Learning From the Denizens of the Deep

Jul 1, 2015

Kids of all ages seem to be endlessly fascinated with the creatures of the deep.  Now Panacea’s Gulf Specimen Marine Lab is offering a special program to make those creatures and the world they live in more interesting than ever.

Credit Gulf Specimen Marine Lab

Katie Chandler, the lab’s environmental education coordinator, came up with the concept and the execution.

“Well what I’ve actually put together is an educational outreach program called ‘Science of the Sea,’ Chandler said.  “And what it does on the weekend – Saturday and Sunday for an hour – there’s an educational lesson that the general public is welcome to come in and listen to and it’s free with general admissions.”

Chandler said the aquarium’s vast collection of live sea creatures forms much of the basis for the lessons.

“We want to keep them interesting and so we kind of hit every animal that we have at the aquarium, and so the lessons change each week based on certain scientific characteristics of those animals that have a lot of deeper underlying meanings, trophic cascades and different problems that are going on in the environment and how we can help those problems.  But we also focus on the animals themselves, which is really fun for the kids.”

Among the featured sea creatures, Chandler said, is one of the most loved denizens of the deep.

“During the summer it’s our big sea turtle rehabilitation time so we have a bunch of different sea turtles coming in that have been caught off docks or are seen floating on the ocean and so they’re constantly coming in and we’re checking them out making sure they have a clean bill of health and if they don’t they stay and they’re rehabilitated and then we let them go.”

Chandler added there were also many varieties of crabs, including a recent arrival that has its own special sense of style.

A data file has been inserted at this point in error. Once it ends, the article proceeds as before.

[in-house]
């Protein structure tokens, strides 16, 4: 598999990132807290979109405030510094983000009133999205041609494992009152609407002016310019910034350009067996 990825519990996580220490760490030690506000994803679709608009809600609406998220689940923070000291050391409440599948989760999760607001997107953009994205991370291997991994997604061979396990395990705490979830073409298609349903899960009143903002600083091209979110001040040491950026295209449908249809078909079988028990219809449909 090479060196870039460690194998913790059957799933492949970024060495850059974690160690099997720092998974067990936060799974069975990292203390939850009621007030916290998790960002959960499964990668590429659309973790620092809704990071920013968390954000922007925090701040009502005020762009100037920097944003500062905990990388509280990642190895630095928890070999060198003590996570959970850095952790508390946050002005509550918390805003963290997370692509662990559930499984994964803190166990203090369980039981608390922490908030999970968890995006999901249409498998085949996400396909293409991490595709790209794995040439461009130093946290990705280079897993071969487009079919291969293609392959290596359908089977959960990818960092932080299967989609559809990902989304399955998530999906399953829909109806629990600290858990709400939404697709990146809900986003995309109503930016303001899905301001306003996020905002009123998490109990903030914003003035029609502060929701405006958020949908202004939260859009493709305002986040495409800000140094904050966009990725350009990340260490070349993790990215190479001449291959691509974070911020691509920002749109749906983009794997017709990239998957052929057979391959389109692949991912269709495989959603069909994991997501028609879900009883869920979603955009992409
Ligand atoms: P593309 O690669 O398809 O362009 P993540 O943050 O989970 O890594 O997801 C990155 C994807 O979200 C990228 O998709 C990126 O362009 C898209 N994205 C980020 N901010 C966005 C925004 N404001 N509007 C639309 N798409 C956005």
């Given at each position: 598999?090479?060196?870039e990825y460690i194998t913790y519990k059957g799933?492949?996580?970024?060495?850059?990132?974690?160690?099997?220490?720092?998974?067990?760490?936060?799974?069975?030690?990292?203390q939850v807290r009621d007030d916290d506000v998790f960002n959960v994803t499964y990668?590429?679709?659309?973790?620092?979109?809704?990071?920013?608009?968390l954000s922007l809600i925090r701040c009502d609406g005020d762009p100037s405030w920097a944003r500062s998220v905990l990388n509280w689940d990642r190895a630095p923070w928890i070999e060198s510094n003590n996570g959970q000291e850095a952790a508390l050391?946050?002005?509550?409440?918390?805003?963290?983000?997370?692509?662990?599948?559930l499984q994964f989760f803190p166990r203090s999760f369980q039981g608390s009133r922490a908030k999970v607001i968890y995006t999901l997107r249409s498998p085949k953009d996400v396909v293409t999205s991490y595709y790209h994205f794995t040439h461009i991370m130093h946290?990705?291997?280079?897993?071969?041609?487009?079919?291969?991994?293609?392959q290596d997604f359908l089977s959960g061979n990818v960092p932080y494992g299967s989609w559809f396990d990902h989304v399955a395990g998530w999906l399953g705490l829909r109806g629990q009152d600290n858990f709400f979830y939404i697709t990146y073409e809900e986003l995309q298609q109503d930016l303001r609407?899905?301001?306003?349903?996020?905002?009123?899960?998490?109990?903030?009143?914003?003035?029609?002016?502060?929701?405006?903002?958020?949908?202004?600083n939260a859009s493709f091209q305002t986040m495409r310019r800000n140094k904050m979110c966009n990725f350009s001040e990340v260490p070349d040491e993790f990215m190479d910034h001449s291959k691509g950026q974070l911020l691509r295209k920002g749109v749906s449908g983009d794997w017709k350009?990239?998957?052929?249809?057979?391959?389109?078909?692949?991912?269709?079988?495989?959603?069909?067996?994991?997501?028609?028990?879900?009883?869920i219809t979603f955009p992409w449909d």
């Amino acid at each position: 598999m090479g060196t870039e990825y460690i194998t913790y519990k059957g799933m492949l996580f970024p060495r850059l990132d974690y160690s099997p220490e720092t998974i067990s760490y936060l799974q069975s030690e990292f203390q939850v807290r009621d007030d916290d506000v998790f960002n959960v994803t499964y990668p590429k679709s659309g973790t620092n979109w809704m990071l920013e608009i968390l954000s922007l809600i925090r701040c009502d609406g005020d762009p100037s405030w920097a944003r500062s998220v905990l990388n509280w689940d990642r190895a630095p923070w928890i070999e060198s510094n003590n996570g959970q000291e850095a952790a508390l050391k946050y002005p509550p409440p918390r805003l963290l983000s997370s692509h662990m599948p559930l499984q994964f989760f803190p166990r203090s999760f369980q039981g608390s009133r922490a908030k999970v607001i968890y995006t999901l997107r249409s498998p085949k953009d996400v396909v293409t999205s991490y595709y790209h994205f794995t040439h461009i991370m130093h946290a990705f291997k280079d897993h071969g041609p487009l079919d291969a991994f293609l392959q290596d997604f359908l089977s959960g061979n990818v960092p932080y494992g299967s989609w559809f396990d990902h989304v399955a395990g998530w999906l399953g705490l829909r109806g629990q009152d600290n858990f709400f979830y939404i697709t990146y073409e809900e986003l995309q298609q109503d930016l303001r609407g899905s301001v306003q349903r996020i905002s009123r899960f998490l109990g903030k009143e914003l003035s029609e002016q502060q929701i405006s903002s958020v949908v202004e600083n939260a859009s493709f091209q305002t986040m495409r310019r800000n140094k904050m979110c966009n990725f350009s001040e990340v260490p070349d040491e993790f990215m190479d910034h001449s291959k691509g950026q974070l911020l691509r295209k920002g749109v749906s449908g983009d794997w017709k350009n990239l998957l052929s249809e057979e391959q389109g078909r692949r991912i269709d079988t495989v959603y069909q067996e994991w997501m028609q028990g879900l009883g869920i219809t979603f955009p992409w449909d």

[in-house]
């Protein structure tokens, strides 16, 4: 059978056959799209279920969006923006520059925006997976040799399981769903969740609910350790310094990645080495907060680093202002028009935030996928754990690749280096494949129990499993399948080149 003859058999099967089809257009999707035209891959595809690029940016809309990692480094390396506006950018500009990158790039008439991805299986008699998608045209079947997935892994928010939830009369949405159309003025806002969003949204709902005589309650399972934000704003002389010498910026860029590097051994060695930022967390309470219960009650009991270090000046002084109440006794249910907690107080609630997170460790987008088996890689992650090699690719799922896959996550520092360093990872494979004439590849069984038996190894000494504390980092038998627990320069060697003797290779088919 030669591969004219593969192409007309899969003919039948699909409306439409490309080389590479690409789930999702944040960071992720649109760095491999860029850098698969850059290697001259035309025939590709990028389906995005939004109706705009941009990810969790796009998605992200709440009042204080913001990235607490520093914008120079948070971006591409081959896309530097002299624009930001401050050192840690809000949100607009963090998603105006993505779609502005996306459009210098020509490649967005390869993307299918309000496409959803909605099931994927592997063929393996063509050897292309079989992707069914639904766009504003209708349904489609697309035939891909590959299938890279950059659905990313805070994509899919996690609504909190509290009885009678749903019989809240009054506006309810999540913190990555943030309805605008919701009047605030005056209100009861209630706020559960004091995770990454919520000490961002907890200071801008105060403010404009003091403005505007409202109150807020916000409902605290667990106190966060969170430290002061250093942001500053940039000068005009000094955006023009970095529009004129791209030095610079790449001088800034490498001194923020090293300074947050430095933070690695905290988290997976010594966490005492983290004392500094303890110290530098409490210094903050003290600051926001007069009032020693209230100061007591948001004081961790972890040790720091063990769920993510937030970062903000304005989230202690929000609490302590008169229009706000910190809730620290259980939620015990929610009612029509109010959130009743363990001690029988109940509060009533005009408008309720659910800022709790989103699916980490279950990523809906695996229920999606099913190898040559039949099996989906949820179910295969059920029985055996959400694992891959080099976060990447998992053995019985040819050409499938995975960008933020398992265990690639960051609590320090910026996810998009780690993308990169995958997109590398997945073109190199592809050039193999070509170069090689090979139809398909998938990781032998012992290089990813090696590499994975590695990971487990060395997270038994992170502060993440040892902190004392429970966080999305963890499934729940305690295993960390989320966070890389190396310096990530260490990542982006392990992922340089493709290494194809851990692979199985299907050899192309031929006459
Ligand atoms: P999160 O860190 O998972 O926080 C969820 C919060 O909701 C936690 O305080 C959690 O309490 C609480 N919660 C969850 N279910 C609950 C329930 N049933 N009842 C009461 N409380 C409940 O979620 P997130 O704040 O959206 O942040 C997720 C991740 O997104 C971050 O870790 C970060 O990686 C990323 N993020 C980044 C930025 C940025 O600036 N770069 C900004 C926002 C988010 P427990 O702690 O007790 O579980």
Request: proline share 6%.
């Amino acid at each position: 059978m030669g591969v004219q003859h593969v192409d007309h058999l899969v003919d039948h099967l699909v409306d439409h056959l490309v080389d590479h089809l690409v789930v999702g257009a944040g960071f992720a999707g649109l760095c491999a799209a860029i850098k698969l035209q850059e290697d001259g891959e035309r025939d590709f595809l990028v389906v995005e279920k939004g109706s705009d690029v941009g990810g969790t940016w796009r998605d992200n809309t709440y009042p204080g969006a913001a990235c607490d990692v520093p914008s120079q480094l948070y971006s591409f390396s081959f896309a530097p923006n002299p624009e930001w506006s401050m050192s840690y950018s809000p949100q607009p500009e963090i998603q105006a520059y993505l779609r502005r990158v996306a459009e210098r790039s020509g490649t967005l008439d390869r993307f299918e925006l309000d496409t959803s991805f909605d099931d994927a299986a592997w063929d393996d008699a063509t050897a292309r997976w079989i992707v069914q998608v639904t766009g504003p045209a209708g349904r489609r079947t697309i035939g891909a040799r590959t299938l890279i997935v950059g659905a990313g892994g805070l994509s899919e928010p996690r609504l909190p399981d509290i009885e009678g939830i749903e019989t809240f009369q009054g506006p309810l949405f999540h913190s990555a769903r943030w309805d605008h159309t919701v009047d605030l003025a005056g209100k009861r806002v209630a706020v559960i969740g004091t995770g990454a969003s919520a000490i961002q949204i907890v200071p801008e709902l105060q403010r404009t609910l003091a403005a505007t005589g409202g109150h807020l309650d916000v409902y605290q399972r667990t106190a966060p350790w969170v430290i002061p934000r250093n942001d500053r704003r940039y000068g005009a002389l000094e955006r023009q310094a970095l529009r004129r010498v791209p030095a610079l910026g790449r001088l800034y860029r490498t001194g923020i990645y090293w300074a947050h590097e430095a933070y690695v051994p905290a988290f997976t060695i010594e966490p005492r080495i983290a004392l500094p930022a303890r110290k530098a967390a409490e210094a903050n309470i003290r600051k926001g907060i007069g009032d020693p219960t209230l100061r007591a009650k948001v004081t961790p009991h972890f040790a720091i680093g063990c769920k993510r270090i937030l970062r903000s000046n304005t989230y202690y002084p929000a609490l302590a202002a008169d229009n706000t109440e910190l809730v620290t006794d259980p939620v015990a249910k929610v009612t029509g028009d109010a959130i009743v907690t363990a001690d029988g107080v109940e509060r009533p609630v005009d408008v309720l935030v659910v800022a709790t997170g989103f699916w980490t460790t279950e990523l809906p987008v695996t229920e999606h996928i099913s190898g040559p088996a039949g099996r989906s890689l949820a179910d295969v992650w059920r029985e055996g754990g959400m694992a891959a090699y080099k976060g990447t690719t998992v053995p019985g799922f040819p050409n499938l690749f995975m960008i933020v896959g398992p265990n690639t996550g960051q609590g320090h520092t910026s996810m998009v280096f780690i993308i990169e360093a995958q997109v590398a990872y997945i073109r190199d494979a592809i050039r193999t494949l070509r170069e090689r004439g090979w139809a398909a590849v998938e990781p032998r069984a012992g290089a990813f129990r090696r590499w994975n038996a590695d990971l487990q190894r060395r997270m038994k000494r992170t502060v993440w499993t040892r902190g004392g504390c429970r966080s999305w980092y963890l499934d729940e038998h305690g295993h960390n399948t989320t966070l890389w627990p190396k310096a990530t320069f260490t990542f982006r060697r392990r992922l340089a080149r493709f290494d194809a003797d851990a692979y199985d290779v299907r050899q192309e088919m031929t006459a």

“A spider crab is what it’s called and what they like to do is pick different pieces of sponges and sort of Velcro them onto their backs to camouflage in with the surroundings.  And we found one that was just covered in different types of sponge and it was a larger one and we’ve always seen the babies because they’re smaller and they want to protect themselves, but to see one that big covered with sponge, it was something I’ve never seen before, so it was pretty interesting.”

The Gulf Specimen Marine Lab lessons, Chandler said, are a unique way to foster an appreciation for the vastness and mystery of earth’s last great frontier.

“We know less than 5-percent about our world’s oceans and so if you can build up that connection and instill this sense of curiosity with this next generation as they grow older they’re going to be able to – or at least want – to keep our oceans around, to find out more and touch the touchable outer space.”

And Chandler suggested some ways to know before you go.

“On the Facebook page, we post every single event, every single subject that we’re doing the week before so they can look in and see what we’re doing and what lessons will be taught that week.  It’s also on our web site to see what the time is for Saturday and Sunday at one o’clock and there’s also an educational video on our web site as well.”

That web site is: gulfspecimen.org.